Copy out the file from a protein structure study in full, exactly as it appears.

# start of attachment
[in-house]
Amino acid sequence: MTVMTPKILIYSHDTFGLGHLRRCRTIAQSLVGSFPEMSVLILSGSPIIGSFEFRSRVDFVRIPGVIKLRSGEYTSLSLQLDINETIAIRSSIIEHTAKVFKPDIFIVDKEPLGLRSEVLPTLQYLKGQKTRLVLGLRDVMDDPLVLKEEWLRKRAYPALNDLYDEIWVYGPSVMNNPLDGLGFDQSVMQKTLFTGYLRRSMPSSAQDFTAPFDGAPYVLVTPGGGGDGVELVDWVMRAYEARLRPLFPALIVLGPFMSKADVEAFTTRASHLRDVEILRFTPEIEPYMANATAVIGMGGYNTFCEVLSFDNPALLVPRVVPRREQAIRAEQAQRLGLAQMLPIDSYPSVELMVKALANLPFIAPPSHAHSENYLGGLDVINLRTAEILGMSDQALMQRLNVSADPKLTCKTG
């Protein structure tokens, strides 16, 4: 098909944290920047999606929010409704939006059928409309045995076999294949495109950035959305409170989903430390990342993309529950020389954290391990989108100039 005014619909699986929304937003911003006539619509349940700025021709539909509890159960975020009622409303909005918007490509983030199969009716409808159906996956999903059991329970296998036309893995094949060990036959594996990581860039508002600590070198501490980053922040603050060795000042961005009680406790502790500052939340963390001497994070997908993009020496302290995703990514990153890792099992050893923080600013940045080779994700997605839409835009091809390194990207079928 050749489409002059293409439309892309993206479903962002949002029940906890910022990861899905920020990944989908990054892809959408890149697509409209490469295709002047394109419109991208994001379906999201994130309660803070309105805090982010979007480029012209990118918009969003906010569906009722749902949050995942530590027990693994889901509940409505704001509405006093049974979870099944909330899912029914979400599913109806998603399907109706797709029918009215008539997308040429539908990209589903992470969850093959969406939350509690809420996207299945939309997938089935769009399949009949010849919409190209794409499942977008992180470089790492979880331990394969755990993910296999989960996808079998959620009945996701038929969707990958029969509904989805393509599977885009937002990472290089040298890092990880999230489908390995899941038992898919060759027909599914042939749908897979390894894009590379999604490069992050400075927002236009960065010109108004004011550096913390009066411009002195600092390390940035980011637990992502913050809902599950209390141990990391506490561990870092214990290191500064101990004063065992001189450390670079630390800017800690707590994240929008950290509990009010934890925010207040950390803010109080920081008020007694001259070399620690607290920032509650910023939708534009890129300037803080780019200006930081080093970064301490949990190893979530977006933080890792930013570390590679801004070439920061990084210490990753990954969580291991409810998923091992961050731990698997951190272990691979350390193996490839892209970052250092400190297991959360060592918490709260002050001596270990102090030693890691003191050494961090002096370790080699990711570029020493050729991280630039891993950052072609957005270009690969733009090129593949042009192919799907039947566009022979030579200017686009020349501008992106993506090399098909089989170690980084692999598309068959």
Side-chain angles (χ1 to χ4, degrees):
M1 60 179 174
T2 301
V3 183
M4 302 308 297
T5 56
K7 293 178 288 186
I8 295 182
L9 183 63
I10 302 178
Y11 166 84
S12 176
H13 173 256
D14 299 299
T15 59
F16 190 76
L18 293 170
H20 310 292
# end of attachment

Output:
[in-house]
Amino acid sequence: MTVMTPKILIYSHDTFGLGHLRRCRTIAQSLVGSFPEMSVLILSGSPIIGSFEFRSRVDFVRIPGVIKLRSGEYTSLSLQLDINETIAIRSSIIEHTAKVFKPDIFIVDKEPLGLRSEVLPTLQYLKGQKTRLVLGLRDVMDDPLVLKEEWLRKRAYPALNDLYDEIWVYGPSVMNNPLDGLGFDQSVMQKTLFTGYLRRSMPSSAQDFTAPFDGAPYVLVTPGGGGDGVELVDWVMRAYEARLRPLFPALIVLGPFMSKADVEAFTTRASHLRDVEILRFTPEIEPYMANATAVIGMGGYNTFCEVLSFDNPALLVPRVVPRREQAIRAEQAQRLGLAQMLPIDSYPSVELMVKALANLPFIAPPSHAHSENYLGGLDVINLRTAEILGMSDQALMQRLNVSADPKLTCKTG
């Protein structure tokens, strides 16, 4: 098909944290920047999606929010409704939006059928409309045995076999294949495109950035959305409170989903430390990342993309529950020389954290391990989108100039 005014619909699986929304937003911003006539619509349940700025021709539909509890159960975020009622409303909005918007490509983030199969009716409808159906996956999903059991329970296998036309893995094949060990036959594996990581860039508002600590070198501490980053922040603050060795000042961005009680406790502790500052939340963390001497994070997908993009020496302290995703990514990153890792099992050893923080600013940045080779994700997605839409835009091809390194990207079928 050749489409002059293409439309892309993206479903962002949002029940906890910022990861899905920020990944989908990054892809959408890149697509409209490469295709002047394109419109991208994001379906999201994130309660803070309105805090982010979007480029012209990118918009969003906010569906009722749902949050995942530590027990693994889901509940409505704001509405006093049974979870099944909330899912029914979400599913109806998603399907109706797709029918009215008539997308040429539908990209589903992470969850093959969406939350509690809420996207299945939309997938089935769009399949009949010849919409190209794409499942977008992180470089790492979880331990394969755990993910296999989960996808079998959620009945996701038929969707990958029969509904989805393509599977885009937002990472290089040298890092990880999230489908390995899941038992898919060759027909599914042939749908897979390894894009590379999604490069992050400075927002236009960065010109108004004011550096913390009066411009002195600092390390940035980011637990992502913050809902599950209390141990990391506490561990870092214990290191500064101990004063065992001189450390670079630390800017800690707590994240929008950290509990009010934890925010207040950390803010109080920081008020007694001259070399620690607290920032509650910023939708534009890129300037803080780019200006930081080093970064301490949990190893979530977006933080890792930013570390590679801004070439920061990084210490990753990954969580291991409810998923091992961050731990698997951190272990691979350390193996490839892209970052250092400190297991959360060592918490709260002050001596270990102090030693890691003191050494961090002096370790080699990711570029020493050729991280630039891993950052072609957005270009690969733009090129593949042009192919799907039947566009022979030579200017686009020349501008992106993506090399098909089989170690980084692999598309068959």
Side-chain angles (χ1 to χ4, degrees):
M1 60 179 174
T2 301
V3 183
M4 302 308 297
T5 56
K7 293 178 288 186
I8 295 182
L9 183 63
I10 302 178
Y11 166 84
S12 176
H13 173 256
D14 299 299
T15 59
F16 190 76
L18 293 170
H20 310 292